The deadline for the Japanese national government to voice their intentions on hosting the ILC has been pushed three months later (originally, it was by the end of 2018). On December 7th, the head of the international research organization overseeing the ILC spoke about their intentions to Diet members who support the ILC project. As it looks like deliberations will still be ongoing as the year ends, the international scientists will push back the deadline a bit in hopes of pushing the government to move on the ILC. If there is no progress, they warned that “the project will be over.” We are now facing the final stage before a decision on whether or not to host the ILC.
Prof. Hitoshi Murayama, vice-chair of the Linear Collider Collaboration (the international organization pushing forth the ILC), spoke in front of the non-partisan Federation of Diet Members for the ILC. “This train has a time schedule, and it is past its departure time. We are waiting for the Japanese government to get on the train.”
The Linear Collider Board, a suborganization of the International Committee for Future Accelerators, held a phone conference on the previous day, December 6th. They debated on pushing the deadline to the last moment possible, but took the position that, “it would be difficult to get an announcement from Japan within the year.” As they will be holding a meeting in Tokyo on March 7, 2019, they ended up moving the deadline to that date.
The Diet members and scientists went over their planned time by around an hour to continue their dialogue. Hon. Shunichi Suzuki of the Liberal Democratic Party (House of Representatives, Iwate 2nd district) asked about the situation with China’s plan to build a circular collider. Prof. Murayama said, “Their design isn’t nearly as matured as the ILC, but if it seems like things aren’t going well for the ILC in Japan, there will be more and more Western scientists that head to China.”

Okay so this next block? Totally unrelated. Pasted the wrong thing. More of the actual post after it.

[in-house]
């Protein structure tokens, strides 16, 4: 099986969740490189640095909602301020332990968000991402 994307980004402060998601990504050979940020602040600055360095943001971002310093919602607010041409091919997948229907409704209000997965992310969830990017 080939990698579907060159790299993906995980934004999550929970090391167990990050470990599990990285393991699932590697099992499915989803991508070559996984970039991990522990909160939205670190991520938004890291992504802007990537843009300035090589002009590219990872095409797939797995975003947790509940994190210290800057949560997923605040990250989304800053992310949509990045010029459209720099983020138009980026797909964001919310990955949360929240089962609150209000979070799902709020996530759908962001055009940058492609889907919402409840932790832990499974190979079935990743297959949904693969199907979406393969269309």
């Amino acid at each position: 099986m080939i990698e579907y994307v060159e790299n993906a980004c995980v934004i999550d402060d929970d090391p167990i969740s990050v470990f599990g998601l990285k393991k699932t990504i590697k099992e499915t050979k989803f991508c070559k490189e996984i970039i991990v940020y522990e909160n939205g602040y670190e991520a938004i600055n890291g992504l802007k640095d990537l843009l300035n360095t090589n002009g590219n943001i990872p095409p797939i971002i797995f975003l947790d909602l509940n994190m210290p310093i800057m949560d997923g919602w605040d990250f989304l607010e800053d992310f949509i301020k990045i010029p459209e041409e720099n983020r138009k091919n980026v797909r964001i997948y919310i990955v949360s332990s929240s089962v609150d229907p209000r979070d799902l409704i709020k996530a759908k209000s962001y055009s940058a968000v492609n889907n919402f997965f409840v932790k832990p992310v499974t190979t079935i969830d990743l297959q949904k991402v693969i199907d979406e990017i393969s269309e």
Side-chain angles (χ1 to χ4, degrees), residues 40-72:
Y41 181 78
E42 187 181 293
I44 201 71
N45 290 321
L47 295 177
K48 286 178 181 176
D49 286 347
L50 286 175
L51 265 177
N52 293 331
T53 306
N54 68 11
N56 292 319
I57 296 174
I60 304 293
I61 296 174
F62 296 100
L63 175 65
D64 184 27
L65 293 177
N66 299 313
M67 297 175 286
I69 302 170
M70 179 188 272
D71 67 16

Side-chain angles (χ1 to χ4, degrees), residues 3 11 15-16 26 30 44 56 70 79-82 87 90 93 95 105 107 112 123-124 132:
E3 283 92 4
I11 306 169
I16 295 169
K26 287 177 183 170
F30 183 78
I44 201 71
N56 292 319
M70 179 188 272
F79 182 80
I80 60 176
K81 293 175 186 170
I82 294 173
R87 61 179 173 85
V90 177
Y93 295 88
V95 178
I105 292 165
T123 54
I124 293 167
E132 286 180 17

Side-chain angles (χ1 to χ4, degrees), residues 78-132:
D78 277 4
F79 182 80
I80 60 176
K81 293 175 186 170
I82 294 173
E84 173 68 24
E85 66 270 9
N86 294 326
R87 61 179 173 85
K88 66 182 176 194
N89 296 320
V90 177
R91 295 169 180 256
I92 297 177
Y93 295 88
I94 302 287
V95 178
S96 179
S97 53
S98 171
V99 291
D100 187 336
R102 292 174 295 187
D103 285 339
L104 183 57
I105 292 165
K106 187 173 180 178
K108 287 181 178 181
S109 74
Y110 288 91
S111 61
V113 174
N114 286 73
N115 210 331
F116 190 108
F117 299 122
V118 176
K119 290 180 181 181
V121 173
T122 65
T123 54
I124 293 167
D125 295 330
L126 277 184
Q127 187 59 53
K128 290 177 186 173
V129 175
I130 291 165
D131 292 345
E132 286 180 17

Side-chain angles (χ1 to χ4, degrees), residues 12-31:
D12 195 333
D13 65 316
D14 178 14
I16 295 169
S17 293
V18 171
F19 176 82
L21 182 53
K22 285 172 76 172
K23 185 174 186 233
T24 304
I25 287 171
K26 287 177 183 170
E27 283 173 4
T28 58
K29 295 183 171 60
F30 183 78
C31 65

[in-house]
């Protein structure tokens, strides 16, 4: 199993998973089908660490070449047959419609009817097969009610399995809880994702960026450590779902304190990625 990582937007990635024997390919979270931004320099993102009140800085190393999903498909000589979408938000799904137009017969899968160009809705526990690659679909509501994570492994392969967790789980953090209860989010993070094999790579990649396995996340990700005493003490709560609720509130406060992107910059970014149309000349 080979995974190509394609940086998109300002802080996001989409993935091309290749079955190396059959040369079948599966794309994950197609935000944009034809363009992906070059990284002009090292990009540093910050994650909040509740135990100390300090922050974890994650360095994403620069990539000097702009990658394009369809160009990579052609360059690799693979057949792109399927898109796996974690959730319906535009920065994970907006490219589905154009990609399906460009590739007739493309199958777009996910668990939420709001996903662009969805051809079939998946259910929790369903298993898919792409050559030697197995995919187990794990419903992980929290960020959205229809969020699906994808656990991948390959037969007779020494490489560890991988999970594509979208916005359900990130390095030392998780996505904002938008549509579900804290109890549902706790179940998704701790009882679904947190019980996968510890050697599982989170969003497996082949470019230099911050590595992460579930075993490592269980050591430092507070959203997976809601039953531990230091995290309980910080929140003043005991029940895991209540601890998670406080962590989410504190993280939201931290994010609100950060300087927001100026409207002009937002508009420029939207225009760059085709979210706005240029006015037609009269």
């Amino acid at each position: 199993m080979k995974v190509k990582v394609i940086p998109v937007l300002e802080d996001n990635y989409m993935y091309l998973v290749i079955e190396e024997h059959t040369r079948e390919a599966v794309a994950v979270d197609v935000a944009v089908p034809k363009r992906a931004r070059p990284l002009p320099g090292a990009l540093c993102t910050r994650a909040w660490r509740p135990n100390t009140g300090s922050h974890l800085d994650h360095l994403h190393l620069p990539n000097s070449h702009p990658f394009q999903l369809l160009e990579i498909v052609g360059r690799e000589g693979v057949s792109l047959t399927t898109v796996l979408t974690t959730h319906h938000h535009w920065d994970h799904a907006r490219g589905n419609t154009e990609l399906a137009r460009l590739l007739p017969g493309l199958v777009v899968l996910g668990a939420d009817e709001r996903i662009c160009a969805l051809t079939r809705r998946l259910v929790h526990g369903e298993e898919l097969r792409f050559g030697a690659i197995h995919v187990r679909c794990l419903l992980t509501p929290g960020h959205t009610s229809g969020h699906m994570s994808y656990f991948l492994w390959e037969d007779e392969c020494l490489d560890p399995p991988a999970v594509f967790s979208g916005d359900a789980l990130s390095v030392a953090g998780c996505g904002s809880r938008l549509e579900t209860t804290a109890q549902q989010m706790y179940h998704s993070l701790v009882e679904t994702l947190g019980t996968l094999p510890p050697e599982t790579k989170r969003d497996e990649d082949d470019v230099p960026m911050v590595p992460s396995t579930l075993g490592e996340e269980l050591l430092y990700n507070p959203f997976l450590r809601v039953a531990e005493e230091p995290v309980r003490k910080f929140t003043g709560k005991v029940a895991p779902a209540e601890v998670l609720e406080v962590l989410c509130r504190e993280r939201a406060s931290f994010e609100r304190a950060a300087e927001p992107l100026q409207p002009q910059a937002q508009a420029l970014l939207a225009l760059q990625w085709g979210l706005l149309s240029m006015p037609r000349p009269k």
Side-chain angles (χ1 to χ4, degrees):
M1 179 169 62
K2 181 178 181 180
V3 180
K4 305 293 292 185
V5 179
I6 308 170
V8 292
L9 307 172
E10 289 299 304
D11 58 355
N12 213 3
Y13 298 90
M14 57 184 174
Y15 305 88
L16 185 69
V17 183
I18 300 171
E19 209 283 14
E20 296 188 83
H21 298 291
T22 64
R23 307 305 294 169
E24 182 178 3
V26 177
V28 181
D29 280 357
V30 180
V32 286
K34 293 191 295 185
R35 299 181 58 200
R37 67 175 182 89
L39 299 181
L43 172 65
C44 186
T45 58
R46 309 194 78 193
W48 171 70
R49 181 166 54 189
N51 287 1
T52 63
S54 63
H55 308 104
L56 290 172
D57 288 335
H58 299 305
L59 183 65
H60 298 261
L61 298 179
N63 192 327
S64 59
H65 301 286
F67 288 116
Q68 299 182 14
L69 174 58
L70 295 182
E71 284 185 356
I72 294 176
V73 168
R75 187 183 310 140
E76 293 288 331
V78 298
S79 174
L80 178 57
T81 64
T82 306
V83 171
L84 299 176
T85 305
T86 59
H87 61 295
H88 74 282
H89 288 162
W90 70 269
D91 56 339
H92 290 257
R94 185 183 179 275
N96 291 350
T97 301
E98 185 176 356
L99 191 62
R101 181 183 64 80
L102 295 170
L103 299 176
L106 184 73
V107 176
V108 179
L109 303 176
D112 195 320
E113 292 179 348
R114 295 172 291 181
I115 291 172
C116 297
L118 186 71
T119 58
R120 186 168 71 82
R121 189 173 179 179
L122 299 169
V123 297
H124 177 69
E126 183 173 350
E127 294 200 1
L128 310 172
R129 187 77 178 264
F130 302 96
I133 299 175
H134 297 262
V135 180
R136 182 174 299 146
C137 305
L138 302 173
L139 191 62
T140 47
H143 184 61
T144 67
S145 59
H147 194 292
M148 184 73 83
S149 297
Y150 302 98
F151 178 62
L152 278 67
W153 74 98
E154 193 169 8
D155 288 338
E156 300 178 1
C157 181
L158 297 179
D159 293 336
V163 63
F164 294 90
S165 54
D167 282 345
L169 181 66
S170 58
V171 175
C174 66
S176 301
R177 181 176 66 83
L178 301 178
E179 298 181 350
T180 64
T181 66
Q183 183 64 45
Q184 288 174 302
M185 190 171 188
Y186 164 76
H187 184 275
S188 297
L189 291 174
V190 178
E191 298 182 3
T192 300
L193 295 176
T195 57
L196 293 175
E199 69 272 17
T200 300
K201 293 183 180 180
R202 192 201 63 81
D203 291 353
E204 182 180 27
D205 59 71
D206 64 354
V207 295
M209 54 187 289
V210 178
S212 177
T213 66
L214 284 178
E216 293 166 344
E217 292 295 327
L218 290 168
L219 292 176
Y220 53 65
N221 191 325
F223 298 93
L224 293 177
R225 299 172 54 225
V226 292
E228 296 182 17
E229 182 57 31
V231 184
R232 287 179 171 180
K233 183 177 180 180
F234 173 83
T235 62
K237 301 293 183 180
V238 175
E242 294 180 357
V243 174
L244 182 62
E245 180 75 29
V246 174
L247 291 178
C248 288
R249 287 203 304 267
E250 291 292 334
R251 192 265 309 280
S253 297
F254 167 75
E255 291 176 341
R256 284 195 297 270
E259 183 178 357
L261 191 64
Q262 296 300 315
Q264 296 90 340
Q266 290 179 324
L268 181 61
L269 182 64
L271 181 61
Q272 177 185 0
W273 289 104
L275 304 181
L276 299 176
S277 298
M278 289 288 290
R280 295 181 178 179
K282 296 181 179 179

The Science Council of Japan’s ILC Committee released a draft of their answer (of their deliberations on the ILC) in November. Within, they questioned how such immense costs could be shared internationally, stating “there is no clear outlook” on the matter. Hon. Hiroyuki Hosoda, chief of the non-partisan Science and Technology Group within the Diet, said he would make used of this extension to strengthen calls on the government to host the ILC. “We must accelerate the creation of concrete plans for dealing with the long-term (cost) burden on the government and securing investment from related organizations.”
Head of the LCC, Lyn Evans, has long called for the Japanese government to make their intentions clear on the ILC. “The international scientific community is frustrated.” It remains to be seen how the Japanese government will respond to this final message.